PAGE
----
No More Excuses: ‘Get Rid of the Damn Guns’

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  • The Historians’ Plight
  • Republican Tantrums

Police officers investigating a shooting in Half Moon Bay, Calif., on Monday that left seven people dead.Credit…Nhat V. Meyer/Bay Area News Group, via Associated Press

To the Editor:

Re “Focus on Whether a Killer Targeted People He Knew” (front page, Jan. 24) and “Seven Die in California’s 2nd Mass Shooting in 3 Days; Suspect Is Held” (news article, Jan. 24):

I have had the good fortune to be living abroad for the past three months, serving as a parish priest. As the date of my return to the U.S. approaches, I cannot help but wonder why I would want to return.

To risk being shot and killed while out dancing, grocery shopping, sitting in a movie theater, attending a concert, or doing any number of things or being in any number of places where one is entitled to the expectation of safety?

The U.S. is filled with guns, indeed more guns than the 333 million men, women and children in the nation. We have allowed this to happen! We’ve appointed judges to the courts and elected people to positions of power and authority in the state legislatures and Congress who have distorted the Bill of Rights and allowed the profits of the gun industry to supersede the rights of the people to live in safety and without fear.

They have practiced bait-and-switch tactics and we’ve bought them: It’s not guns that kill, it’s people; it’s the bad guys against the good guys; we have a mental health crisis, not a gun crisis.

Are we too complacent, too afraid to rise up, to hold them all accountable, and demand that this terror be stopped? The people who have been killed and wounded in these incidents are our mothers, fathers, brothers, sisters, daughters, sons, grandparents, grandchildren, neighbors, co-workers and friends. Are we so spineless, so impotent, so cowardly that we are unable or unwilling to stand up for them, for their memories, for the sake of those who are still among us?

If there were any reason to take to the streets, to demand change, to hold politicians accountable, it is most certainly this. The kids from Marjory Stoneman Douglas High School in Parkland, Fla., pointed the way; we marched, and then we apparently dropped the ball. Your presumed right to carry does not trump my right to safety — and no, I do not feel safe because you’re carrying a weapon.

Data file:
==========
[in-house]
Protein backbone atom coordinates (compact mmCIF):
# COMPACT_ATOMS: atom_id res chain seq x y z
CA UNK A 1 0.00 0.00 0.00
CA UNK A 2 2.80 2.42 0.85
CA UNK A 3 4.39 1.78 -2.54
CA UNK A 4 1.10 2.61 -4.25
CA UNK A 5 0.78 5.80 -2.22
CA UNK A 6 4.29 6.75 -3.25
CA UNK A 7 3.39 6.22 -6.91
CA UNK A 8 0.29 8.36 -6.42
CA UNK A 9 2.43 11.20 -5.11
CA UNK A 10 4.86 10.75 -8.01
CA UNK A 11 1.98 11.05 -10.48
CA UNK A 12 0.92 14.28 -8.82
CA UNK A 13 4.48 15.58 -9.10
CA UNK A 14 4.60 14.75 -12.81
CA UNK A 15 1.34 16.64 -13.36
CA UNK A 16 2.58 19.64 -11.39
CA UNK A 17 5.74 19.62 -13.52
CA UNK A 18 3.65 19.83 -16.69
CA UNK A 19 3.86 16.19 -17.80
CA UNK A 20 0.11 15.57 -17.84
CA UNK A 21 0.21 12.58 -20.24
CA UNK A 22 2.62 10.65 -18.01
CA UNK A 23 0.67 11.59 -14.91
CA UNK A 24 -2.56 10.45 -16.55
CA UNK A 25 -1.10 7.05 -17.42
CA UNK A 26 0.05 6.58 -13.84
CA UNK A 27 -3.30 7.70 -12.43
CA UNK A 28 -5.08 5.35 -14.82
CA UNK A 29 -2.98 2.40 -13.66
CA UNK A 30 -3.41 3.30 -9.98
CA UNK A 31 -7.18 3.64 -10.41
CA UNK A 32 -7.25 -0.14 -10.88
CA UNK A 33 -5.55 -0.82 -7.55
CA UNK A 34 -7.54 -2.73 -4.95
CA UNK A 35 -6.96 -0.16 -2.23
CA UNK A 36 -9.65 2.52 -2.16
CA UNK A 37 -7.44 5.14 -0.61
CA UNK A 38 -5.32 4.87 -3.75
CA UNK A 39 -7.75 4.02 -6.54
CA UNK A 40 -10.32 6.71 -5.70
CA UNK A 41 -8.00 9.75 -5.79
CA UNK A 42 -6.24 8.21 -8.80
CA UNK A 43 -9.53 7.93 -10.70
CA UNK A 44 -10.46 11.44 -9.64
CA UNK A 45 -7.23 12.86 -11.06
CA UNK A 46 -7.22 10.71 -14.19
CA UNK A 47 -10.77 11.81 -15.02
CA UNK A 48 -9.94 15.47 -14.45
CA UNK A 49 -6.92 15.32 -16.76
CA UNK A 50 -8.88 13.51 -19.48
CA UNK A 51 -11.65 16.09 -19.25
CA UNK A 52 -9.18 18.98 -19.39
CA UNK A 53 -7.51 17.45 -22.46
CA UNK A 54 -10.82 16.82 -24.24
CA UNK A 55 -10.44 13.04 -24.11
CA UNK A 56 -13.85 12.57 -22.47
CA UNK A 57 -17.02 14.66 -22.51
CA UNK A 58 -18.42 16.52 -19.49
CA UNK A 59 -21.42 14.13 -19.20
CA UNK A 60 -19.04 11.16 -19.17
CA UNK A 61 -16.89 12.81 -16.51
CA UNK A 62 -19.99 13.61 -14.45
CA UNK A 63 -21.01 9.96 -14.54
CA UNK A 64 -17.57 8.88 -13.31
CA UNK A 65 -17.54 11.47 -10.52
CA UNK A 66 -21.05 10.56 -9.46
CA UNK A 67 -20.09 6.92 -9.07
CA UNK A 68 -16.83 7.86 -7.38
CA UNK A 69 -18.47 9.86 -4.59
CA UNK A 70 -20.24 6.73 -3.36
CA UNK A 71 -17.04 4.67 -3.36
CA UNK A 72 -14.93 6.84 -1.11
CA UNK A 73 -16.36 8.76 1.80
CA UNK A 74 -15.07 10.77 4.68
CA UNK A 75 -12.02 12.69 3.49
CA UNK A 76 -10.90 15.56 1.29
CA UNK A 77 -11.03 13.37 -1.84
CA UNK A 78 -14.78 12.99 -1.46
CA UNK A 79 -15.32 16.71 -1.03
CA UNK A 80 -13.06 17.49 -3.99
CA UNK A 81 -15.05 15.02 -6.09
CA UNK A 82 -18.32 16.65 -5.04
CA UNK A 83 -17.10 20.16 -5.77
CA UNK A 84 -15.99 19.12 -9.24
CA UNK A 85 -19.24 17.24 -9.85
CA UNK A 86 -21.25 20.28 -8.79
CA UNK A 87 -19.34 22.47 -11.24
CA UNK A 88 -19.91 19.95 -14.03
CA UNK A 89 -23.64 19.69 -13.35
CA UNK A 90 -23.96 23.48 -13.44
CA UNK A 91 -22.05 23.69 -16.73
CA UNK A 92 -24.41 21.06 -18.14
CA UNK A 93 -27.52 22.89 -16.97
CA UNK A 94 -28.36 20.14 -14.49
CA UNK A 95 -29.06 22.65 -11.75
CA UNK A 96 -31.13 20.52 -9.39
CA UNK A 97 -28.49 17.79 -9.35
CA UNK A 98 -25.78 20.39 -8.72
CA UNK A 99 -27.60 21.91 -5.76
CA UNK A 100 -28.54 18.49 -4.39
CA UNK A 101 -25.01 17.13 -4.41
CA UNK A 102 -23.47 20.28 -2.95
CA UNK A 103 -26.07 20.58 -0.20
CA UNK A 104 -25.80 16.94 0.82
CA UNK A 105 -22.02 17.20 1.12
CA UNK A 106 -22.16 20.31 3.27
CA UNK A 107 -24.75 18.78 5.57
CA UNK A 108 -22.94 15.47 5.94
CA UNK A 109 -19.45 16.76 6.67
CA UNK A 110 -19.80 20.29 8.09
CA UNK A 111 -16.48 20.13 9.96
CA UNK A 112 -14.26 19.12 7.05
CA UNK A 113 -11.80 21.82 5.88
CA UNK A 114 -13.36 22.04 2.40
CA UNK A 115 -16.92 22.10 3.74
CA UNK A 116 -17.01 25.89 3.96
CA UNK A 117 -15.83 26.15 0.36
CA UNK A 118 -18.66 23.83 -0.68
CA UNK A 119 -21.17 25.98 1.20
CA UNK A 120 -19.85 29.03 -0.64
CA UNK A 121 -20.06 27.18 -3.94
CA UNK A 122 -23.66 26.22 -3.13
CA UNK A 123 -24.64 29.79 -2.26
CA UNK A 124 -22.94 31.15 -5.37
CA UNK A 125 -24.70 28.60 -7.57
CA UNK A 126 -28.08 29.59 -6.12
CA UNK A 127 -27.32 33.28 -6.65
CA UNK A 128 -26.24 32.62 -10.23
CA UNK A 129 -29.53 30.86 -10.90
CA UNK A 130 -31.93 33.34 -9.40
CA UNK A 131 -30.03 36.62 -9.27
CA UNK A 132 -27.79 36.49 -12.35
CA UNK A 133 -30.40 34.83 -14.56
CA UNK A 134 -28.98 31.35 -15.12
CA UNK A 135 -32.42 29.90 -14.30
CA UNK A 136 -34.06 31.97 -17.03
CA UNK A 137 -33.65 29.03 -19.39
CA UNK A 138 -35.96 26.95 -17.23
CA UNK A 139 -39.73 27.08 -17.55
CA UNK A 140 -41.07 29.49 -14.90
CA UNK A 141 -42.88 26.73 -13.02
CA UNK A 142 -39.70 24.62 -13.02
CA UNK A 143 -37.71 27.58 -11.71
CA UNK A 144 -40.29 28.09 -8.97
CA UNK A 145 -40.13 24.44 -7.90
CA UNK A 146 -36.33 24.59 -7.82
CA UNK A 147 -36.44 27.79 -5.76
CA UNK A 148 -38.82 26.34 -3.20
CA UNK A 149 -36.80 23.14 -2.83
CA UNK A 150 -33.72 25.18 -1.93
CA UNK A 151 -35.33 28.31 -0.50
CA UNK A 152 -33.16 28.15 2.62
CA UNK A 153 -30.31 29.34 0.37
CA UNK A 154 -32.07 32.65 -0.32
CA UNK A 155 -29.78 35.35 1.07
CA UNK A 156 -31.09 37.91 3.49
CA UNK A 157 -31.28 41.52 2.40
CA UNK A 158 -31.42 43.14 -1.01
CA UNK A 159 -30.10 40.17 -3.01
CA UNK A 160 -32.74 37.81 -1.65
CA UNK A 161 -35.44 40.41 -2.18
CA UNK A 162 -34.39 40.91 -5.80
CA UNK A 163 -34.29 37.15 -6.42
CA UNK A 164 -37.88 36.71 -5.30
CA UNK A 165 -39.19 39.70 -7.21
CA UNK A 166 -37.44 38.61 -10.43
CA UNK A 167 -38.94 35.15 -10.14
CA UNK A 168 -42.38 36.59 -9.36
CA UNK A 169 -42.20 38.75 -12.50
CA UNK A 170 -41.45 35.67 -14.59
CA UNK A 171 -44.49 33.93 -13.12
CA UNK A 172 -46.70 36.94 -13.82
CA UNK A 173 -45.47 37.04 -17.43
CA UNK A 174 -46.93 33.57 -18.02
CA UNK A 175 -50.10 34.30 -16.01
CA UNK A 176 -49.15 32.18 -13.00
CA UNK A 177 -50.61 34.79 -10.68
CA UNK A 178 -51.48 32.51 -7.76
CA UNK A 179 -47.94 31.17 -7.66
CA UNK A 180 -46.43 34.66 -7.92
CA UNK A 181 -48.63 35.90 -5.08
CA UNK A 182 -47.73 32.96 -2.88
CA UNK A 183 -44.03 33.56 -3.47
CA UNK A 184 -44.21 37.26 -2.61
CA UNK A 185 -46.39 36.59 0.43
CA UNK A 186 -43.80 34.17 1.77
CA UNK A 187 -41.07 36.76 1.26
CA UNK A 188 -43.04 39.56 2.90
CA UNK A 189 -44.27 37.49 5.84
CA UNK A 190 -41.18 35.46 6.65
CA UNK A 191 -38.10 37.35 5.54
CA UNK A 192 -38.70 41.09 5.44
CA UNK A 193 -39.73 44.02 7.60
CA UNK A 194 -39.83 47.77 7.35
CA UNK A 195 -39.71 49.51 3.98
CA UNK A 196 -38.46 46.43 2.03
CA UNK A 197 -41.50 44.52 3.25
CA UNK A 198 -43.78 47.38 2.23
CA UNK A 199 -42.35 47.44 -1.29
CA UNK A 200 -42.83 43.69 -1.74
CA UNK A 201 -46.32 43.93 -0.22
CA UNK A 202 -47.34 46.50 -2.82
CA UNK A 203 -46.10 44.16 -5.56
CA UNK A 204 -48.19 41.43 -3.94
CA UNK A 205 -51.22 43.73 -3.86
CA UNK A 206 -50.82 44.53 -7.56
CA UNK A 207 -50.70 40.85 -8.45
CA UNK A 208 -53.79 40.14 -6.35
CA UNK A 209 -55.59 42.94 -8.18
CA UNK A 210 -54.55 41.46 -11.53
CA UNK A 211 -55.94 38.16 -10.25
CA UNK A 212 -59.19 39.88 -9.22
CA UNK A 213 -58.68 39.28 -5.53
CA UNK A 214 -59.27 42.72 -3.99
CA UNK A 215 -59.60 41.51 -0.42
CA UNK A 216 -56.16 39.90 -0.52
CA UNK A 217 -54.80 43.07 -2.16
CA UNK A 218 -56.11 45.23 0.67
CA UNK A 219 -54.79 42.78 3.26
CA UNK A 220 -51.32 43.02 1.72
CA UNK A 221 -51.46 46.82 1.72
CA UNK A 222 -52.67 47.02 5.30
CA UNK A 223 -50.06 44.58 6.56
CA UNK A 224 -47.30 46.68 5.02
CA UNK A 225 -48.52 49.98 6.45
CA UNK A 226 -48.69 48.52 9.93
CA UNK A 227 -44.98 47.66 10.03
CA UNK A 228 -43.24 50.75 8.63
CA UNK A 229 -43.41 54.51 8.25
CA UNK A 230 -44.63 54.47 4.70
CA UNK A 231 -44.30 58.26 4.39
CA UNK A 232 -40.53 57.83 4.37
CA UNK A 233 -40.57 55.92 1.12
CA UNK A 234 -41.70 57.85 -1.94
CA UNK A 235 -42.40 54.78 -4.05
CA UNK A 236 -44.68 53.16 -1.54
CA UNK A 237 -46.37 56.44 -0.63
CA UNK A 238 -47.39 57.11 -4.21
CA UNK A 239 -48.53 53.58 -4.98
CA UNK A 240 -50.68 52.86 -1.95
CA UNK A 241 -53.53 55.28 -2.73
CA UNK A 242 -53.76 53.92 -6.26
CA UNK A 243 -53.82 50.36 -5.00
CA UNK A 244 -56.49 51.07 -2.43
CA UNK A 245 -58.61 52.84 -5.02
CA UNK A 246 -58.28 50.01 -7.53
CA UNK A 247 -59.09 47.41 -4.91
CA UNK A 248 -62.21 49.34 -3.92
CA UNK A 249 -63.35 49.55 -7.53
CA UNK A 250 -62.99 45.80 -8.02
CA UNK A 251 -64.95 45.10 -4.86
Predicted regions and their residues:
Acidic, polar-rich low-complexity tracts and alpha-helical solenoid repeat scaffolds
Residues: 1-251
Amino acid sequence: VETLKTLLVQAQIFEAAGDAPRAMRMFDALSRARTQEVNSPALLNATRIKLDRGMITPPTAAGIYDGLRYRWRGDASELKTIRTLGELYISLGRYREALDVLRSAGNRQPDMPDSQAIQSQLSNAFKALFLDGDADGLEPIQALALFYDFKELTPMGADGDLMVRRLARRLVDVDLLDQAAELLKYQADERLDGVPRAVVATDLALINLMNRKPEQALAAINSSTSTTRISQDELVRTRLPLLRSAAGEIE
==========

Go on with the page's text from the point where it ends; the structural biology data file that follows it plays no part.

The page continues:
We need protection from one another, and the only way to do that is to get rid of the damn guns!

(Rev.) Douglas A. Greenaway
Taormina, Sicily

To the Editor:

Two more mass shootings, more lives destroyed, and we are back to asking why. We can look into every possible reason for any one of us to go crazy, get a gun and shoot. We can look into grievances, mental health and whatever else can cause one of the 300-plus million of us to do such an act — or we can just make guns harder to get.

I don’t know, but the latter seems easier and more likely to succeed.

George Loisos
Alameda, Calif.

To the Editor:

Trying to predict and prevent future mass killings by discovering the supposed “motivation” of past killers is a fool’s errand. They are almost always based on mental health issues or hatreds and grievances.

The real keys are: first, family, friends, neighbors and co-workers looking for the signs of someone ready to jump off the deep end, and doing something; and second, outlawing all guns unnecessary to reasonable and real self-defense.

These mass shooters are typically not the “bad guy” criminals — they’re the neighbors next door. But the data is clear — fewer guns, fewer mass shootings.

Kent Schielke
Wheaton, Ill.

The Historians’ Plight

Credit…Soohee Cho

To the Editor:

Re “This Is Actually the End of History,” by Daniel Bessner (Opinion guest essay, Jan. 15):

Thank you so much for this essay about the plight of historians and the decline in resources committed to the discipline by institutions of higher education and by the state legislatures that fund colleges and universities.

I’ve had, sadly, a ringside seat on watching this situation worsen over the decades. I entered the graduate program in American history at Stanford in the fall of 1970. Those who’d just obtained doctorates were getting jobs, but it was tough for my cohort. If you wanted an academic position, you might have had to uproot yourself, as I did, and move to a place where you’d never aspired to live.

But things have gone downhill since then, with few holding a history Ph.D. able to secure academic employment that pays a living wage. Fewer institutions require history courses, and much of the teaching is done by poorly paid adjuncts.

Now we see our field under attack by those who want to whitewash our national history. A vigorous democracy requires an educated citizenry. A healthy society invests in historical education and pays the educators enough to live on.

Glenna Matthews
Laguna Beach, Calif.

Republican Tantrums

Credit…Jamie Chung/Trunk Archive

To the Editor:

Re “Don’t Try to Appease Economic Terrorists,” by Paul Krugman (column, Jan. 20):

I’ve come to believe that many Republican members of Congress are extremely similar to petulant children. Always a problem. But there are clear parental means to make them behave.

The first is never, ever accede to their tantrums. Don’t negotiate with them, for God’s sake. Don’t get drawn into discussions about the details of their demands or fantasies. They’re carefully watching you, and if you start to yield to their tantrum, it just encourages them to throw more tantrums.

Matthew O’Brien
Milpitas, Calif.

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